If Machines Ruled Us, Lockdowns Would Be Tougher

Last Sunday, our family went to church. 

Ordinarily, there’s nothing for me, a non-practicing Jew, or my wife, a lapsed Russian Orthodox Christian, to do at a Lutheran religious service like the one we attended at the Berliner Dom. But Berlin’s central cathedral has an exceptional organ, and Andreas Sieling plays it with dignity and subtlety. We’d rather have gone to the Philharmonie, but the government shut it down as part of its anti-Covid 19 policy. Closing down churches, however, turned out to be a step too far for the governing Christian Democrats. Chancellor Angela Merkel called on fellow legislators to listen to science in a widely praised December speech; she’s a physicist — but she’s also a clergyman’s daughter.

At the end of the service, the preacher complained that the cathedral was in dire financial straits because it could no longer hold concerts. I don’t think there’s a valid scientific explanation why Sieling’s artistry and the choir’s inspired singing, heard by several hundred properly masked and distanced people, are allowed as part of a church service but not when the event doesn’t include a sermon. God’s word doesn't have a direct effect on the virus, after all: The same preacher reminded the flock to keep the required distance when exiting.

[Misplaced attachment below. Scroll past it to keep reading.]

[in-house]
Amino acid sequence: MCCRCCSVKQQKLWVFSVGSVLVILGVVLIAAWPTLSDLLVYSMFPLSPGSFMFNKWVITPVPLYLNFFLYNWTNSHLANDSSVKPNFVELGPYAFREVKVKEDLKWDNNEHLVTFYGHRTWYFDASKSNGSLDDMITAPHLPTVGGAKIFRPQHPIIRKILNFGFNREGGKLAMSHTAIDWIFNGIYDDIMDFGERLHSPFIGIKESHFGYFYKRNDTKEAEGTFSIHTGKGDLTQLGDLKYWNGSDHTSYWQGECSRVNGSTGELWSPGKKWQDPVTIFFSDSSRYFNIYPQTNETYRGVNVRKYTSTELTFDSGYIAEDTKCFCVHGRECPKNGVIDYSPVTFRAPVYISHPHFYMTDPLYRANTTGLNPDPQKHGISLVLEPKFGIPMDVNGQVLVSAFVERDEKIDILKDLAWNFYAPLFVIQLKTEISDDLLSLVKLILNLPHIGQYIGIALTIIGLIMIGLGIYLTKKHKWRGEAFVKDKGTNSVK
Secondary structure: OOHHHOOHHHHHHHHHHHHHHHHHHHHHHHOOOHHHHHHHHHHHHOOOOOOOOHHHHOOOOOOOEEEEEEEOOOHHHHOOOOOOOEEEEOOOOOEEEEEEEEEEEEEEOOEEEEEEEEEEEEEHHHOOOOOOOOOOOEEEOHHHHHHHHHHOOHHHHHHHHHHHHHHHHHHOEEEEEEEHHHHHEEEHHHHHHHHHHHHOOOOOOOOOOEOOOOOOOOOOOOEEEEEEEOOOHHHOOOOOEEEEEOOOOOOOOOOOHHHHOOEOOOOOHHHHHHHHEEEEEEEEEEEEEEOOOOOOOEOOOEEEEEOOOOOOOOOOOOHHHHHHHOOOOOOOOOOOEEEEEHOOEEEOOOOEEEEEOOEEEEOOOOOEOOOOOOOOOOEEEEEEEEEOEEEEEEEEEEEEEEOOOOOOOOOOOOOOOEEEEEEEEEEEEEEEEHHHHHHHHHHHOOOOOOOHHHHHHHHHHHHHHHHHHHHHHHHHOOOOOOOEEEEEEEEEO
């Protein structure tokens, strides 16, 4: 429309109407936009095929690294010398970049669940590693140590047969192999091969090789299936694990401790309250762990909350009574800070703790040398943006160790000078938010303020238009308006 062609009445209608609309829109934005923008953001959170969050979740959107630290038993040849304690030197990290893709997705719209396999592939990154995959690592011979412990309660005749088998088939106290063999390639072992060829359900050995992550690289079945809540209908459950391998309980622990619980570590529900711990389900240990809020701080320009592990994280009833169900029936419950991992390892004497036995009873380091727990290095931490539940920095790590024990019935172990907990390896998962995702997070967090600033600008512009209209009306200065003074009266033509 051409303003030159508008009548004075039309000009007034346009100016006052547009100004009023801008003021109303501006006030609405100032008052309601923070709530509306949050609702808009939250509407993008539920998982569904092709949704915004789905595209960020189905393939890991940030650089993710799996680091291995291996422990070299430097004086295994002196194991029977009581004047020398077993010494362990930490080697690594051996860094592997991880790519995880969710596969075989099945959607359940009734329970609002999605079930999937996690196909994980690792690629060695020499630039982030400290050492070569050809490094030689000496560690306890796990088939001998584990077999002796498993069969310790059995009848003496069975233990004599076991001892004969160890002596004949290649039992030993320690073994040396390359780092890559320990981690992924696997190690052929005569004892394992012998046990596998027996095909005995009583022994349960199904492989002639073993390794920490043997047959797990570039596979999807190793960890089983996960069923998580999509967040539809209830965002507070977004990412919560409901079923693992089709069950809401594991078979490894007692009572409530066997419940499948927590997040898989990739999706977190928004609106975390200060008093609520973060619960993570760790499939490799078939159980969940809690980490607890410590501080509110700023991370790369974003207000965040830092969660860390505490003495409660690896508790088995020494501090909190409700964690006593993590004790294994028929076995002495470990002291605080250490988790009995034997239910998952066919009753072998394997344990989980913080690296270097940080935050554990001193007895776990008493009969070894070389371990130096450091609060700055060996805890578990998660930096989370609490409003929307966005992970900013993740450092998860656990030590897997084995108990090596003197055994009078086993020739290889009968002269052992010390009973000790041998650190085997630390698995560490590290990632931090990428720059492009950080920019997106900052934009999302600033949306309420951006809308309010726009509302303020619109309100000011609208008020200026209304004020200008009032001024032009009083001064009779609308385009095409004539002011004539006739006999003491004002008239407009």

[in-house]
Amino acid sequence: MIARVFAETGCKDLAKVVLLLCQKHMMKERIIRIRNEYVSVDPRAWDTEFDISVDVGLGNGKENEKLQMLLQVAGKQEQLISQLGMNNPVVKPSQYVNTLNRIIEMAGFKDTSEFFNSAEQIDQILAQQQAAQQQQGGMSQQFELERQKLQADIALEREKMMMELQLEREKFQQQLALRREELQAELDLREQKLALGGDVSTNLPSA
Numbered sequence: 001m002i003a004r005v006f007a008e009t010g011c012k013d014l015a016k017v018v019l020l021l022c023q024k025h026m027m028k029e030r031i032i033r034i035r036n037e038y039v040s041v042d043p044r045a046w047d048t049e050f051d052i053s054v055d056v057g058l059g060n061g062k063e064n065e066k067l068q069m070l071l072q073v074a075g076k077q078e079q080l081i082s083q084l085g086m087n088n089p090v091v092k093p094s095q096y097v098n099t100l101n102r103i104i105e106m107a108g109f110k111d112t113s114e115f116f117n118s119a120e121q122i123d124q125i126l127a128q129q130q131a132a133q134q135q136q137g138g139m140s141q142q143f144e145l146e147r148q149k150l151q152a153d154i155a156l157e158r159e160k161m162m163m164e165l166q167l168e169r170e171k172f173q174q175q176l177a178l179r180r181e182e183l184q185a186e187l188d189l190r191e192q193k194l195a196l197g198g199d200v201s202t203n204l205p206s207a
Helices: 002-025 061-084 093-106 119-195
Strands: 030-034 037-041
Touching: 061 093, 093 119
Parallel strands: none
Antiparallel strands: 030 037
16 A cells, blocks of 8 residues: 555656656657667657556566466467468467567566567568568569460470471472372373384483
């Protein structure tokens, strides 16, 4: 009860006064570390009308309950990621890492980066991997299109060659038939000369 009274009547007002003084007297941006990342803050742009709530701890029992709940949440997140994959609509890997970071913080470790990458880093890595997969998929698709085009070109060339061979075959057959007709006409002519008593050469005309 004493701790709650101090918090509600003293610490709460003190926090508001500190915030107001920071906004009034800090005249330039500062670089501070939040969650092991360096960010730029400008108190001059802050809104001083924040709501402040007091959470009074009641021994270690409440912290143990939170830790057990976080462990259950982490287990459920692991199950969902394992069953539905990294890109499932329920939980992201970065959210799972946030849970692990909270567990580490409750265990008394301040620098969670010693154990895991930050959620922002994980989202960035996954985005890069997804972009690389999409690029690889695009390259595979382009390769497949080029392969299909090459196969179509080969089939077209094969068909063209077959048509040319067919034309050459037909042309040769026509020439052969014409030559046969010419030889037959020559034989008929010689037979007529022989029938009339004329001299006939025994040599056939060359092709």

The experience got me thinking about the technocratic approach to handling the pandemic, the “listen to science” approach. Would there be more logic to the policies if they were devised by an artificial intelligence with access to all the available data? Would lockdown rules make more sense if the job of minimizing deaths were left to a machine not guided by emotions, fear of failure, political and religious convictions, greed, ego — in short, by everything that makes us humans different from machines? 

The answer is, the lockdowns would probably be even tougher. That’s because data from the first wave point to the effectiveness of limiting contact in every possible way. And economic considerations wouldn’t be a mitigating factor: Although intuition tells us that when the economy tanks, more people tend to die, data do not quite bear this out. 

Listening to science during a pandemic means setting a simple policy goal: To keep as many people as possible from dying. A purely technocratic approach to this goal would mean designing a complex model that would assess the available data on every possible measure that has been tried in the world since the pandemic began a year ago. The model’s recommendations would then have to be followed to the letter without any discussion. Is anyone against against saving lives? If so, lock them up.

Based on the data, the model would likely decide to go with the toughest restrictions possible. In November, Nils Haug, Lukas Geyrhofer and Alessandro Londei from the Medical University of Vienna ranked the effectiveness of different government interventions using several statistical methods. They found that what works best are “curfews, lockdowns and closing and restricting places where people gather in smaller or large numbers for an extended period of time. This includes small gathering cancellations (closures of shops, restaurants, gatherings of 50 persons or fewer, mandatory home working and so on) and closure of educational institutions.” Other studies also have found some of the most restrictive measures to be the most effective in terms of saving lives.